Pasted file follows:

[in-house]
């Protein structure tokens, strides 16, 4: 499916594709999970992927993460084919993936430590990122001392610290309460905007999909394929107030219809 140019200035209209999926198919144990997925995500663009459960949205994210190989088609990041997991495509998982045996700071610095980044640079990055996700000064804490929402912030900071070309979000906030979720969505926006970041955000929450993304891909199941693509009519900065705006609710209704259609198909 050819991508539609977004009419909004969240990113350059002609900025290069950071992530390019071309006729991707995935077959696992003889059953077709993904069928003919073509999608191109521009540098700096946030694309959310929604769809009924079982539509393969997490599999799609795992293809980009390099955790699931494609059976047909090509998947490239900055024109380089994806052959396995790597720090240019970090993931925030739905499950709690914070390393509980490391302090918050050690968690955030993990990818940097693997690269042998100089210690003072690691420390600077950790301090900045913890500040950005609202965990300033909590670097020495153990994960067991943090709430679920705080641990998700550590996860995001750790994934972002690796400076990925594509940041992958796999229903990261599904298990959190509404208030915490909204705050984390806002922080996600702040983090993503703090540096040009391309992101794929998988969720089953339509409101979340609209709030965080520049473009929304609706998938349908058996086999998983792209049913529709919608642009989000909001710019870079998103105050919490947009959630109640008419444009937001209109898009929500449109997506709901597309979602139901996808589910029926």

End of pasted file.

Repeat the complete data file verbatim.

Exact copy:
[in-house]
């Protein structure tokens, strides 16, 4: 499916594709999970992927993460084919993936430590990122001392610290309460905007999909394929107030219809 140019200035209209999926198919144990997925995500663009459960949205994210190989088609990041997991495509998982045996700071610095980044640079990055996700000064804490929402912030900071070309979000906030979720969505926006970041955000929450993304891909199941693509009519900065705006609710209704259609198909 050819991508539609977004009419909004969240990113350059002609900025290069950071992530390019071309006729991707995935077959696992003889059953077709993904069928003919073509999608191109521009540098700096946030694309959310929604769809009924079982539509393969997490599999799609795992293809980009390099955790699931494609059976047909090509998947490239900055024109380089994806052959396995790597720090240019970090993931925030739905499950709690914070390393509980490391302090918050050690968690955030993990990818940097693997690269042998100089210690003072690691420390600077950790301090900045913890500040950005609202965990300033909590670097020495153990994960067991943090709430679920705080641990998700550590996860995001750790994934972002690796400076990925594509940041992958796999229903990261599904298990959190509404208030915490909204705050984390806002922080996600702040983090993503703090540096040009391309992101794929998988969720089953339509409101979340609209709030965080520049473009929304609706998938349908058996086999998983792209049913529709919608642009989000909001710019870079998103105050919490947009959630109640008419444009937001209109898009929500449109997506709901597309979602139901996808589910029926």